Scoring your Credit - How's your FICO?
Since we live in an computer-driven world, it should come as no surprise that your ability to repay your mortgage loan comes down to a single number.
The years of paying your various bills: your mortgage, car payments, and credit card bills are analyzed, sliced, diced, spindled and mutilated into a single indicator of whether you're likely to meet your future obligations.
All three major credit reporting agencies (Equifax, Experian and TransUnion) use a slightly different system to arrive at a score. Fair Isaac and Cooriginally developed this score. .
Experian uses this model and calls its score FICO. Equifax's model, based on FICO, is called BEACON, while TransUnion, which also uses a slightly modified FICO, calls its score EMPIRICA. While each of the models considers a range of data available in your credit report, the differences aren't huge; they all use the following in calculating your credit score:
- Your Credit History - Have you had credit for many years, or for a short time?
- Payment History - Do you have any payments later than 30 days?
- Credit Card Balances - How many accounts do you have, and how much do you owe?
- Inquiries on Your Credit - How many times have you had your credit checked for a loan?
These factors are assigned weights based on the formula being used. The results are added up and distilled into a single number. Credit scores can be as low as 300 and as high as 800. Higher scores are better. Most home buyers likely find their FICO scores between 620 and 800.
Your FICO score greatly affects how much you pay in interest every month
FICO scores affect more than your ability to get a loan. They also affect your interest rate. Higher scores indicate you are probably a better credit risk, and thus may qualify for a better mortgage rate.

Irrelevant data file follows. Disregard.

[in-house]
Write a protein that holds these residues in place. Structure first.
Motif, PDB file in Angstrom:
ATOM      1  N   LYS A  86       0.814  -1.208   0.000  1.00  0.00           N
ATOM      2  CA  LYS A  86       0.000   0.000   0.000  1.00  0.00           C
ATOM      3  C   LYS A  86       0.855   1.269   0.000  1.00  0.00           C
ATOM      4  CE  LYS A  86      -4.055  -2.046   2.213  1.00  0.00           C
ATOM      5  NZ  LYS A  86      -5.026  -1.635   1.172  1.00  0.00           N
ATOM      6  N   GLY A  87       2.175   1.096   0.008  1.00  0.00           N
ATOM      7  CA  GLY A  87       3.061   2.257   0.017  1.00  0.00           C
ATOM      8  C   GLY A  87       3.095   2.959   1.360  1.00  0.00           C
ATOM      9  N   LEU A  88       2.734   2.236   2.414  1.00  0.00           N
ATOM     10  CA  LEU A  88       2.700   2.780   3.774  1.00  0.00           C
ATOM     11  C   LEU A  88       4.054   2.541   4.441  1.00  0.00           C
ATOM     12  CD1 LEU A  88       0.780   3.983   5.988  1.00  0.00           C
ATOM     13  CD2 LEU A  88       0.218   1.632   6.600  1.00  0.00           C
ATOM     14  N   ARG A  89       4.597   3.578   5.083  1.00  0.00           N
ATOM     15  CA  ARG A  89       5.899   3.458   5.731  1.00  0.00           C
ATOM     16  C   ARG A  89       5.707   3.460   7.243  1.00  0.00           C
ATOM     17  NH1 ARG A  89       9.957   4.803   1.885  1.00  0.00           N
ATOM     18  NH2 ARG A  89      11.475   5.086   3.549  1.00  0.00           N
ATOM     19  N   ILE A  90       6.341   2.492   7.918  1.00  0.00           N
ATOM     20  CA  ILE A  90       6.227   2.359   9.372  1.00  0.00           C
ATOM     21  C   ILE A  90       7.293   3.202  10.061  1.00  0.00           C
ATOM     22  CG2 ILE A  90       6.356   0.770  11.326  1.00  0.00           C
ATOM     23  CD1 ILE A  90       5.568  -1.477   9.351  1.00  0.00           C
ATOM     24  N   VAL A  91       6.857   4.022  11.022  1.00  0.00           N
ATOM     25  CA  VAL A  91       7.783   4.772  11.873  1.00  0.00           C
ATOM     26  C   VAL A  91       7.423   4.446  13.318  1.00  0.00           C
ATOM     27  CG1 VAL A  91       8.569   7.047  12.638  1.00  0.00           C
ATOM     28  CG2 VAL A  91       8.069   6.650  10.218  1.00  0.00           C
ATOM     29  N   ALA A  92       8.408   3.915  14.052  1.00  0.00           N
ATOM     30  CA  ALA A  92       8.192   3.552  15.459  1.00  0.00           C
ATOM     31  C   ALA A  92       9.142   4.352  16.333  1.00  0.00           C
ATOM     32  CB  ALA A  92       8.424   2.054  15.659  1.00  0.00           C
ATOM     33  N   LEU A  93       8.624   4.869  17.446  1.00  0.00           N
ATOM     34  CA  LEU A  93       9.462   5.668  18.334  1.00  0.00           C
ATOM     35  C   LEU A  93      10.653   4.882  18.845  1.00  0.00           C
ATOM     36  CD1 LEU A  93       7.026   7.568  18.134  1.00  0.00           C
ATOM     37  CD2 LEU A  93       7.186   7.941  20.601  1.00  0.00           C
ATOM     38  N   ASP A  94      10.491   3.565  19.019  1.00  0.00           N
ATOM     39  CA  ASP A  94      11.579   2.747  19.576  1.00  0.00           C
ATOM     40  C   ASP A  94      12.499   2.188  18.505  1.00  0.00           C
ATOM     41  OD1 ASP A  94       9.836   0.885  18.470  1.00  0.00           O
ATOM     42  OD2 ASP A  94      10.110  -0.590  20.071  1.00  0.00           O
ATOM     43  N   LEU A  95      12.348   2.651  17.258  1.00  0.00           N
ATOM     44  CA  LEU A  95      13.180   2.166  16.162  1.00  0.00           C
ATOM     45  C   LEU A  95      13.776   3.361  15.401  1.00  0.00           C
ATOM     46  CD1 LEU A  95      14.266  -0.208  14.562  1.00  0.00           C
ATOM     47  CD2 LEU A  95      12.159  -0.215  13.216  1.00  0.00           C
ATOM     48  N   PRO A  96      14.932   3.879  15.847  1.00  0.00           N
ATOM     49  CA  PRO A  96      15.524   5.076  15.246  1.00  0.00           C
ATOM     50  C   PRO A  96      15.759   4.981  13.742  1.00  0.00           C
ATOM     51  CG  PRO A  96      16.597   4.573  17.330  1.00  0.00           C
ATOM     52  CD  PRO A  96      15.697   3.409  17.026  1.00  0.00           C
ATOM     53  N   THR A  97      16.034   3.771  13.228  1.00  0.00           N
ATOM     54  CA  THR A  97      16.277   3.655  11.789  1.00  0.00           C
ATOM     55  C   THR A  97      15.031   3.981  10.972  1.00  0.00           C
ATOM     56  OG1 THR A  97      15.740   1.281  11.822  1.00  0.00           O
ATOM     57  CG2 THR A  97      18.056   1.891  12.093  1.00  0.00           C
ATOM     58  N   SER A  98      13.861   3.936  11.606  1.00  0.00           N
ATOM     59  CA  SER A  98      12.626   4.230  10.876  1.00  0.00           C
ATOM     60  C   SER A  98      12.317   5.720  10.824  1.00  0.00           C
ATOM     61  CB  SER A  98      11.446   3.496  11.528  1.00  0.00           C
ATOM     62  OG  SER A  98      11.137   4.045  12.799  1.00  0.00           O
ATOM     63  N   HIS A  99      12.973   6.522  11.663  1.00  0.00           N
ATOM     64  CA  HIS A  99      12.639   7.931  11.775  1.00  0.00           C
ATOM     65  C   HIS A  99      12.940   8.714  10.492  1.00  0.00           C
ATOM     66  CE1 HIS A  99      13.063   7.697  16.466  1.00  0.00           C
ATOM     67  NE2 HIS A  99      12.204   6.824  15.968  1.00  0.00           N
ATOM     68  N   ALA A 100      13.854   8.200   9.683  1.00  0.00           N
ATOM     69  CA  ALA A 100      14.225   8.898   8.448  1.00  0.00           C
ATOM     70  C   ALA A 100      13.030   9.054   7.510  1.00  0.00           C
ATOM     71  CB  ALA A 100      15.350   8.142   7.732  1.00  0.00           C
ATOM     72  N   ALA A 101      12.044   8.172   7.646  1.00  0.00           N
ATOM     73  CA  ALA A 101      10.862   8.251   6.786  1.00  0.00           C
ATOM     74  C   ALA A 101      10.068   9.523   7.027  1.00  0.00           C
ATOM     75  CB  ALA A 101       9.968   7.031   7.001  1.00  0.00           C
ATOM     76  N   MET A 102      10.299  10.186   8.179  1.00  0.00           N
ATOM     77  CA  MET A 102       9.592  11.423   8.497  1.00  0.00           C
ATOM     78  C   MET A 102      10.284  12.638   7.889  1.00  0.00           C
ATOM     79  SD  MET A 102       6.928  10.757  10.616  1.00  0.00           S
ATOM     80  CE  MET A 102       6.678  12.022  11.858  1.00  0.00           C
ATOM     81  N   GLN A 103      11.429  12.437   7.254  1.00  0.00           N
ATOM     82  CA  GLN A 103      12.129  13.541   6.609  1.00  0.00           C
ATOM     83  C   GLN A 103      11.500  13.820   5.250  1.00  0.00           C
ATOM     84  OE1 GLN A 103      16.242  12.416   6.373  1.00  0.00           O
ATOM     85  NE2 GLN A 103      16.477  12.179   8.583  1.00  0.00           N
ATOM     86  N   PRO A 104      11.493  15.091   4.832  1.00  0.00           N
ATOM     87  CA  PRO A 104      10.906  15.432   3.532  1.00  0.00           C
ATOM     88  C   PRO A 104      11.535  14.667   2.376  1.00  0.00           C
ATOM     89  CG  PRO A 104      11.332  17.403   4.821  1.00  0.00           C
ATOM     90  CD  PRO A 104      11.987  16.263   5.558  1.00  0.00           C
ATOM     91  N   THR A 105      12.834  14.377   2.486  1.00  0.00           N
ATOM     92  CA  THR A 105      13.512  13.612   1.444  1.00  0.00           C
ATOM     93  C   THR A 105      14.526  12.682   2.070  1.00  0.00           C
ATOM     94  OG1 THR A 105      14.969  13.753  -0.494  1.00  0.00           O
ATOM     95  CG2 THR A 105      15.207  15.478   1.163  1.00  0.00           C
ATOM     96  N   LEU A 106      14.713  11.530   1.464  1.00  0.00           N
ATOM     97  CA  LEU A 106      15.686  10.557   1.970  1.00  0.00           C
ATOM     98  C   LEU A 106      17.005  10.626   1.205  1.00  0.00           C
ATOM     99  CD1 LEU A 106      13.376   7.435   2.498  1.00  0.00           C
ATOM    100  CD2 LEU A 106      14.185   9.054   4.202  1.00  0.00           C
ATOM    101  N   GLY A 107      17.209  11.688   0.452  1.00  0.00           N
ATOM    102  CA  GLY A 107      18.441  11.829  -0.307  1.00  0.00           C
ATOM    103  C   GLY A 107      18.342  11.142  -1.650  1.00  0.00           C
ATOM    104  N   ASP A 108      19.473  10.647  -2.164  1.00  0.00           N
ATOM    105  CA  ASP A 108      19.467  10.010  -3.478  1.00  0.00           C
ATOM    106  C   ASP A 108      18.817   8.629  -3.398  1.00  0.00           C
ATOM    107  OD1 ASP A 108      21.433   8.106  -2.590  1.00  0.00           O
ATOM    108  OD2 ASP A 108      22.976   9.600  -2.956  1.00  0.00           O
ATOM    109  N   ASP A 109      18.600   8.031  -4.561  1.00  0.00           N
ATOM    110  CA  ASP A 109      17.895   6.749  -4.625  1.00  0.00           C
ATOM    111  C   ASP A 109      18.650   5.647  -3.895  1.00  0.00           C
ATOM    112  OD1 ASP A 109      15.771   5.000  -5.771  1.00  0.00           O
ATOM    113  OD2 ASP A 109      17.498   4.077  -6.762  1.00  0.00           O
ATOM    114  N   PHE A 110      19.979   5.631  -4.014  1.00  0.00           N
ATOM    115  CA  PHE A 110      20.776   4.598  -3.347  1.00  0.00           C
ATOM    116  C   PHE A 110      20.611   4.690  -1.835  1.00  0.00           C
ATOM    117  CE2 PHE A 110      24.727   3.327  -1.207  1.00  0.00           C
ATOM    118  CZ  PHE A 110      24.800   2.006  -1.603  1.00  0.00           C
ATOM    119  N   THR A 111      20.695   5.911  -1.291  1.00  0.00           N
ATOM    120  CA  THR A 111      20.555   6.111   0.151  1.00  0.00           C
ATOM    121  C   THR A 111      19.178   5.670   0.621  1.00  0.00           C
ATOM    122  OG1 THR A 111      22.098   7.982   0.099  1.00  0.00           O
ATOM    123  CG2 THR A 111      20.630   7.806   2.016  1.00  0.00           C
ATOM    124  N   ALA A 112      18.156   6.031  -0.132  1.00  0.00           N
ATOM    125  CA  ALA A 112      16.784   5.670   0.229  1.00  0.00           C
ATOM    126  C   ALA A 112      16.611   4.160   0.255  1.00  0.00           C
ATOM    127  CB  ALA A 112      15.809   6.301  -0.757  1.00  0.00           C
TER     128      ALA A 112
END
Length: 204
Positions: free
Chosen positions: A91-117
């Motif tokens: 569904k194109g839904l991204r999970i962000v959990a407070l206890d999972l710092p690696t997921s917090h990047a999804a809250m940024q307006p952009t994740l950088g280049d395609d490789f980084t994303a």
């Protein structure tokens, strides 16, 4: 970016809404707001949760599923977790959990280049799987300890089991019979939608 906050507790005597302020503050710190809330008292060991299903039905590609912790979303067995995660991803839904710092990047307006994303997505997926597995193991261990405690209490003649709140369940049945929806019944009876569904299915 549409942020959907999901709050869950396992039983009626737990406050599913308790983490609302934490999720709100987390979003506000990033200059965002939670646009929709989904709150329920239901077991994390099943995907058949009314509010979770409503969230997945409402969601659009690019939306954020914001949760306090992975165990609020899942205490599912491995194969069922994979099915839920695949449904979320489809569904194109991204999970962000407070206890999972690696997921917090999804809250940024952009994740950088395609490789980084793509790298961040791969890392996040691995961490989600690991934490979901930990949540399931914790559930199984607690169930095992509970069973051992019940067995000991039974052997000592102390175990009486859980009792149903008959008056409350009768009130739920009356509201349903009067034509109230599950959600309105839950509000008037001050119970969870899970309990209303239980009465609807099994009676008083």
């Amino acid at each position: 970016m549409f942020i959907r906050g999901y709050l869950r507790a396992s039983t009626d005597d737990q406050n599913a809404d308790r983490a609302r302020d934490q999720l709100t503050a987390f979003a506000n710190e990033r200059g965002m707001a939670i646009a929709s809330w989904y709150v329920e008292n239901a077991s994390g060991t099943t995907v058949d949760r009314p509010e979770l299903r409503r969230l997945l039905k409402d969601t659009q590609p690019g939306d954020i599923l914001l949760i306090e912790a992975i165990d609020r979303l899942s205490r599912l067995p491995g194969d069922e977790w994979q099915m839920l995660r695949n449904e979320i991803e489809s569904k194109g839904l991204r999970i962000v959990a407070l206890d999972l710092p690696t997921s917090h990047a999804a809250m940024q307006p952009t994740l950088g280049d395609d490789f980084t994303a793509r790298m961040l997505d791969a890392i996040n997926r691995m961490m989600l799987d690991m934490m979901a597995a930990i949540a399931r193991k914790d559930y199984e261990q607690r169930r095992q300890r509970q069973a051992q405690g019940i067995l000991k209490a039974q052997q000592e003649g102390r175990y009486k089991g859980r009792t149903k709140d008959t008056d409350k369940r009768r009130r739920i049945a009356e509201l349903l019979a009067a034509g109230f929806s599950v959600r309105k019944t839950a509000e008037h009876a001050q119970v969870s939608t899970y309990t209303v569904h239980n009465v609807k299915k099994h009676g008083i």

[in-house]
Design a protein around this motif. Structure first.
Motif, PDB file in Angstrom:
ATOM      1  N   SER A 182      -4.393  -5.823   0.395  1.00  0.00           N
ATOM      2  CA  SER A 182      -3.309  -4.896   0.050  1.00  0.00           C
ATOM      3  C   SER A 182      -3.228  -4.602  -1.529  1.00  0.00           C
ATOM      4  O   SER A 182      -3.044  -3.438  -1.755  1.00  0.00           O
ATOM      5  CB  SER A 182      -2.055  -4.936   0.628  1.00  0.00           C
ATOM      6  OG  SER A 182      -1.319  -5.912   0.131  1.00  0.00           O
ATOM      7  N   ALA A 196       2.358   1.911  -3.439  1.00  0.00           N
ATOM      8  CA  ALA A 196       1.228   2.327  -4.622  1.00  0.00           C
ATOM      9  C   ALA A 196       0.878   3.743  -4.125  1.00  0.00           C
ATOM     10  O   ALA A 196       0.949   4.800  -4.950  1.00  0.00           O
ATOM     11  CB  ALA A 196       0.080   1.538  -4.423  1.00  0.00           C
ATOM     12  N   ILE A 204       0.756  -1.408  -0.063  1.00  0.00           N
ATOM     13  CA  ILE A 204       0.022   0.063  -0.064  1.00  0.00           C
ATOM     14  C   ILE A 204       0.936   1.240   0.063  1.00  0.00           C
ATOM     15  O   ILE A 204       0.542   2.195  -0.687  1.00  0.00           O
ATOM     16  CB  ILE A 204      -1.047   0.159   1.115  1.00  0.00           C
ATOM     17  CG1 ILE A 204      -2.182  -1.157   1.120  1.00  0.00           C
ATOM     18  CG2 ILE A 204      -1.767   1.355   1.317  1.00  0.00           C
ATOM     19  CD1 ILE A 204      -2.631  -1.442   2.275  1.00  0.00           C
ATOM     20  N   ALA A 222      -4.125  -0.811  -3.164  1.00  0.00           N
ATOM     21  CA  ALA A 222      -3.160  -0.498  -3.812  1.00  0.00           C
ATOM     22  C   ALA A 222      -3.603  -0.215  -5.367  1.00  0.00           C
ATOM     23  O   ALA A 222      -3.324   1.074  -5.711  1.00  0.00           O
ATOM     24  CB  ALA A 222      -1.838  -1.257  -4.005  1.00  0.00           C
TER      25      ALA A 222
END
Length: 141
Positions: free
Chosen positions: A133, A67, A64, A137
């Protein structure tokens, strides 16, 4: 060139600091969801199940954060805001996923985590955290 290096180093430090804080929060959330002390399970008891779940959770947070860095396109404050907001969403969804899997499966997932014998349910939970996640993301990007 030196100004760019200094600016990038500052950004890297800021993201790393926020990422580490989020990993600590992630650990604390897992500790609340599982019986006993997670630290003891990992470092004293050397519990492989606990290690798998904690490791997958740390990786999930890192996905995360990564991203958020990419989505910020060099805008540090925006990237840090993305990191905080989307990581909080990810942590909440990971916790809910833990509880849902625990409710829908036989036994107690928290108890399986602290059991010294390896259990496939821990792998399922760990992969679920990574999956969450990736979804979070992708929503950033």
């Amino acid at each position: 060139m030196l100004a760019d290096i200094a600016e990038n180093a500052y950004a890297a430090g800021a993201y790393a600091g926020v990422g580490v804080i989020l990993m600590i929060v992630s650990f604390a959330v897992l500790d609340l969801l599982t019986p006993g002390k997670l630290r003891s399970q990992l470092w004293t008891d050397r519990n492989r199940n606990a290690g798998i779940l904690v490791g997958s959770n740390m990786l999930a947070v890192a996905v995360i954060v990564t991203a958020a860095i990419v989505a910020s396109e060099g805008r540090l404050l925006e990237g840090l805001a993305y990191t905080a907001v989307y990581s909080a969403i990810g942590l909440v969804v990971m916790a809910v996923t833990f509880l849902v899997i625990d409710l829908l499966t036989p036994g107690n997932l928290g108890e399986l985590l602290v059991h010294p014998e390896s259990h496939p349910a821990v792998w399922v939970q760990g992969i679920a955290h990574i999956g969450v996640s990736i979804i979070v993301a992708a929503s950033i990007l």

Improving your score
What can you do to raise your FICO score? Very little in the short term. Some companies promise quick fixes, but they can't do anything different than what you can do — for free. You must, of course, appeal for the credit agency to remove any incorrect data from your credit report; this is the only way to quickly improve your credit score.
Know your FICO score
Before you can improve your score, you must obtain your score and be sure that the reports from each agency are correct. Fair Isaac, the corporation that offered the first FICO credit score, offers scores on its website: myFICO.com. It's inexpensive, fast, and easy to get your credit score as well as credit reports from all three credit reporting agencies. They also provide information and tools that help you understand how to improve your FICO score.
You can get a free credit report once per year from the three major agencies by visiting AnnualCreditReport.com. While this report does not include a free credit score, the cost to "upgrade" your report to include a credit score is very reasonable.
Now that you have all the facts, you'll be a more informed consumer and you'll be better positioned to get the most favorable mortgage.
Curious about credit scores? Call us: (718) 477-4405.